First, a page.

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Get Rid of Ants


Twenty-five percent of homeowners say ants are their main pest concern, according to a research study conducted by the National Pest Management Association (NPMA). This same study revealed that more than half of all homeowners have had problems with ants — making them the most prevalent pest nationwide. In addition to being a general nuisance, these bothersome pests can cause significant damage in your home by destroying wood and contaminating your food.


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Although encountering an ant infestation can be unnerving, it is important to deal with the problem quickly and effectively. The first step is to properly identify which ant species is present in the home.

Most ants thrive in warm and moist conditions and can be controlled with cleaning methods and bait systems. In some cases, the only way to completely remediate an ant infestation is to promptly locate and remove the identified species' nests.

Some of the most common home invaders include:


  • Odorous house ants: These ants get their name from the unpleasant odor they give off when crushed. It's often described as smelling like a rotten coconut. They typically nest in wall voids and crevices and prefer sweet foods.

  • Pharaoh ants: Pharaoh ants also prefer sweets, but also consume grease and even shoe polish. They live in extremely large colonies and keep warm near artificial heating sources like baseboard heaters and ovens.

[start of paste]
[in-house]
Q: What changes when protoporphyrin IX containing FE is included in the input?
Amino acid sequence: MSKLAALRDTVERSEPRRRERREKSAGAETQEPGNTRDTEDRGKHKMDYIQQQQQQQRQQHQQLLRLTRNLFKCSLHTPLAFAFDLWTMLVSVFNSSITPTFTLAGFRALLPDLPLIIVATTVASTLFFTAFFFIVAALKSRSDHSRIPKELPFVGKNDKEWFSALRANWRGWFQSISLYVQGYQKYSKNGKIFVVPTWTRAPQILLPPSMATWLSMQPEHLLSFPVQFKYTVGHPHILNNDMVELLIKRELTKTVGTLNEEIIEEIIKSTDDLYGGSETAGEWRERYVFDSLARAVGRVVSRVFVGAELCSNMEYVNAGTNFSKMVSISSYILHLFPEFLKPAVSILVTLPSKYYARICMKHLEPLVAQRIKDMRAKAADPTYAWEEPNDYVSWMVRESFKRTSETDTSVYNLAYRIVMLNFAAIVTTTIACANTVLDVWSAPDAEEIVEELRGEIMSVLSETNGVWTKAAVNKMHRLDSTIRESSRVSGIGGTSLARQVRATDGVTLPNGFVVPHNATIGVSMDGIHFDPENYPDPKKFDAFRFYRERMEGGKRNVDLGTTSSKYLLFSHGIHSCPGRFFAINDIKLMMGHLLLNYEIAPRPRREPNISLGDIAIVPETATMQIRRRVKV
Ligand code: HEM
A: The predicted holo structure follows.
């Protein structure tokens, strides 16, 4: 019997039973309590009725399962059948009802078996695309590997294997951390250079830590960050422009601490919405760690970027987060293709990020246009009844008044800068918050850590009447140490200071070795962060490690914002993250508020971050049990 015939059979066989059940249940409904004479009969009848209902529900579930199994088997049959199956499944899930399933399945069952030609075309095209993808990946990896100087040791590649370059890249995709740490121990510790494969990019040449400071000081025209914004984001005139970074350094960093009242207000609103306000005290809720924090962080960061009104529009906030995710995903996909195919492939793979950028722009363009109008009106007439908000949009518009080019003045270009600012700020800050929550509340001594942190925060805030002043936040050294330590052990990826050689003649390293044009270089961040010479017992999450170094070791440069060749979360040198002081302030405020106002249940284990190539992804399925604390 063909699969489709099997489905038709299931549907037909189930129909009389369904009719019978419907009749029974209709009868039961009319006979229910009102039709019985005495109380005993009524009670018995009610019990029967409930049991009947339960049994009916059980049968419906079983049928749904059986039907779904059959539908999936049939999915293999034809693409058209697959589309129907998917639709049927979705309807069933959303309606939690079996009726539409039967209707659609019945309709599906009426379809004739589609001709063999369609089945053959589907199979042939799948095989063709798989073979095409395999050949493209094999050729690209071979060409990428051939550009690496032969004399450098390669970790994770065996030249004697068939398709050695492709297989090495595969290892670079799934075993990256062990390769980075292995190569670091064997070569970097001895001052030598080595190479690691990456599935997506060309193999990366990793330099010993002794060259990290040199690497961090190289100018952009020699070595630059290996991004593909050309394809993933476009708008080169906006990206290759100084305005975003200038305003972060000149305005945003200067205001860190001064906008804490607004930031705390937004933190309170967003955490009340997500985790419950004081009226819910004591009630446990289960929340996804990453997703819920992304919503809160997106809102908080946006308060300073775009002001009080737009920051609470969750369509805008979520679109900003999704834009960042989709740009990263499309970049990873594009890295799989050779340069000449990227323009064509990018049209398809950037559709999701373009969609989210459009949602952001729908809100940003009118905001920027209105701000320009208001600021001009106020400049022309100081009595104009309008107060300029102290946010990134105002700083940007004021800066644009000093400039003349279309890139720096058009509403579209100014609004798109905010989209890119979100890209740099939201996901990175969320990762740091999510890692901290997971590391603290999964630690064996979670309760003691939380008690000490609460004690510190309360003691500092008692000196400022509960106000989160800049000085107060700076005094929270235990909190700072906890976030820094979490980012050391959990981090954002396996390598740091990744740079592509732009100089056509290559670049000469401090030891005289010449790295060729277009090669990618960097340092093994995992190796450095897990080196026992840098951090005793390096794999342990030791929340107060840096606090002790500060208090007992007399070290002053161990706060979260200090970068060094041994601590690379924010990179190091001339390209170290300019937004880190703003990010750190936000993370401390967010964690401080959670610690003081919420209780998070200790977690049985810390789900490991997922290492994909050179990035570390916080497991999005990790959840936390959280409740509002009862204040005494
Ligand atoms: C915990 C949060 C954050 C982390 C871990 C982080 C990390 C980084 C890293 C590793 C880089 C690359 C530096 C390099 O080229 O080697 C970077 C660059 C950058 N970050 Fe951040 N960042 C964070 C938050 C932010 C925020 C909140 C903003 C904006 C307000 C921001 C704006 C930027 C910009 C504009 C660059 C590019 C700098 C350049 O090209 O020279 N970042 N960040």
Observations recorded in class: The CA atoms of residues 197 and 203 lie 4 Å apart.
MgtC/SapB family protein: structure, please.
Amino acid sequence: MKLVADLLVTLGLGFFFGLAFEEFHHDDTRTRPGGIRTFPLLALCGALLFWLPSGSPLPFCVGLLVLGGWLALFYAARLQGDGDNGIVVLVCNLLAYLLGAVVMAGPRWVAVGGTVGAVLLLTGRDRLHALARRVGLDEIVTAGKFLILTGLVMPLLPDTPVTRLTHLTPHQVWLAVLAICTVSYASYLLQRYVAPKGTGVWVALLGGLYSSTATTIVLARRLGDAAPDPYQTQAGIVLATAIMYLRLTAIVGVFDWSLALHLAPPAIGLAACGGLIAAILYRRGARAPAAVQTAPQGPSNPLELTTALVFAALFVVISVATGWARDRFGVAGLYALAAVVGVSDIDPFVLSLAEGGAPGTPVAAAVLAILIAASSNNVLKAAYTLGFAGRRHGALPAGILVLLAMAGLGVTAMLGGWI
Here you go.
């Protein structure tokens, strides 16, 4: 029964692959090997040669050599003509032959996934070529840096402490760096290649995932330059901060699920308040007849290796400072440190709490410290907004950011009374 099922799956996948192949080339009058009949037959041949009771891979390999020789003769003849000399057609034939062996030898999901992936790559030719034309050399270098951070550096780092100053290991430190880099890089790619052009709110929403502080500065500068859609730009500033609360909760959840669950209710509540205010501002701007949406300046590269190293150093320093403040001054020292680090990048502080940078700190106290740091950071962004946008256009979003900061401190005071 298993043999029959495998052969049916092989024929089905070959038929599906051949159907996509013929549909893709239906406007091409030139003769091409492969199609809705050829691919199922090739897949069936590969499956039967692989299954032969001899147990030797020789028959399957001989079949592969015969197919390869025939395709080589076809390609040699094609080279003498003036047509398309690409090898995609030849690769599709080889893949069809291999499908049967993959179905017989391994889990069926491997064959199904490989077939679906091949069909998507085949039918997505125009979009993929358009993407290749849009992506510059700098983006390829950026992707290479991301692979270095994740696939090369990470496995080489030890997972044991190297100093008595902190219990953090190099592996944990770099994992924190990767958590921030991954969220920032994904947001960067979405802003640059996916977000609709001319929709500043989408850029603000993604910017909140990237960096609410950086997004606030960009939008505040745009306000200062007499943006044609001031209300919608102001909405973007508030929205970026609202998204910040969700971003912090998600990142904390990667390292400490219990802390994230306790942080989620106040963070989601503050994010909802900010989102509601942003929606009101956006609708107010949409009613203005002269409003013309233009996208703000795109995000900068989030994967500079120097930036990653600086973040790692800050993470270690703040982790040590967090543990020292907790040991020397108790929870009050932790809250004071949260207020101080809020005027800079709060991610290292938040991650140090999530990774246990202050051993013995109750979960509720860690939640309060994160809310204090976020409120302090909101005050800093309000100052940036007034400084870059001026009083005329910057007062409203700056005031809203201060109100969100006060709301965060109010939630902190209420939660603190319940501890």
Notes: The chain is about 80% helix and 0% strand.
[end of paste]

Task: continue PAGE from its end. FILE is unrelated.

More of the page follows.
• Carpenter ants: This species hollows out nests in both dry and moist wood, though they prefer the latter. They can be particularly hard to remove from the home since their nests can be more difficult to locate.

  • Fire ants: At least 32 deaths in the U.S. can be attributed to severe allergic reactions to fire ant stings each year. Fire ants can chew through the insulation around electrical wiring and have also been known to kill small animals. They currently infest 14 states throughout the Southeastern U.S.
Pest professionals can identify particular ant species and other pests in the home, treat to remove them and recommend steps homeowners can take to prevent reinfestation.

For more information on ants and pest prevention tips, visit
Get Rid of Ants:  Created on October 27th, 2007.  Last Modified on January 21st, 2014


About NPMA

The National Pest Management Association (NPMA), a non-profit organization with more than 5,000 members, was established in 1933 to support the pest management industry’s commitment to the protection of public health, food and property, reflected both in the continuing education of the pest professional and the dissemination of timely information to homeowners.


For further information or to find a pest management professional in your area, visit